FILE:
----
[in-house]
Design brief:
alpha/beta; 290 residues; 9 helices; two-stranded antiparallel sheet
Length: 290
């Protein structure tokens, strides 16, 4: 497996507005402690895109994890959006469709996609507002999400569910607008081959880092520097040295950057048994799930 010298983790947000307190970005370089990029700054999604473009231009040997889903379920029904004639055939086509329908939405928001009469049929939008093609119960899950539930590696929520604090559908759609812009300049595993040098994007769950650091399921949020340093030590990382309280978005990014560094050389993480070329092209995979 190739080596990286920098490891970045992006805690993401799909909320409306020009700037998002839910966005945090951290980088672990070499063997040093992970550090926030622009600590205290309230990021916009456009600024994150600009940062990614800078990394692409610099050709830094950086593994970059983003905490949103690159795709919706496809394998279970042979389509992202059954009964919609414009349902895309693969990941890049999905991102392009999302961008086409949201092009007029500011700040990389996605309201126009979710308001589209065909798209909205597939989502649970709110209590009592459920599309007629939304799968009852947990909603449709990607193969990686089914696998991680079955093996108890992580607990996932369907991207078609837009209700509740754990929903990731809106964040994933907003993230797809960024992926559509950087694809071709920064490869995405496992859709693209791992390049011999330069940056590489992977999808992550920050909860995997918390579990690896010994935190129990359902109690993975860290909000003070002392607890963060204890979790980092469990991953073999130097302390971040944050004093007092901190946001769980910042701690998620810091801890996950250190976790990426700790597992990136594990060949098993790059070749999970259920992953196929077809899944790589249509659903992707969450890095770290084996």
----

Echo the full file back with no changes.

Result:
[in-house]
Design brief:
alpha/beta; 290 residues; 9 helices; two-stranded antiparallel sheet
Length: 290
């Protein structure tokens, strides 16, 4: 497996507005402690895109994890959006469709996609507002999400569910607008081959880092520097040295950057048994799930 010298983790947000307190970005370089990029700054999604473009231009040997889903379920029904004639055939086509329908939405928001009469049929939008093609119960899950539930590696929520604090559908759609812009300049595993040098994007769950650091399921949020340093030590990382309280978005990014560094050389993480070329092209995979 190739080596990286920098490891970045992006805690993401799909909320409306020009700037998002839910966005945090951290980088672990070499063997040093992970550090926030622009600590205290309230990021916009456009600024994150600009940062990614800078990394692409610099050709830094950086593994970059983003905490949103690159795709919706496809394998279970042979389509992202059954009964919609414009349902895309693969990941890049999905991102392009999302961008086409949201092009007029500011700040990389996605309201126009979710308001589209065909798209909205597939989502649970709110209590009592459920599309007629939304799968009852947990909603449709990607193969990686089914696998991680079955093996108890992580607990996932369907991207078609837009209700509740754990929903990731809106964040994933907003993230797809960024992926559509950087694809071709920064490869995405496992859709693209791992390049011999330069940056590489992977999808992550920050909860995997918390579990690896010994935190129990359902109690993975860290909000003070002392607890963060204890979790980092469990991953073999130097302390971040944050004093007092901190946001769980910042701690998620810091801890996950250190976790990426700790597992990136594990060949098993790059070749999970259920992953196929077809899944790589249509659903992707969450890095770290084996």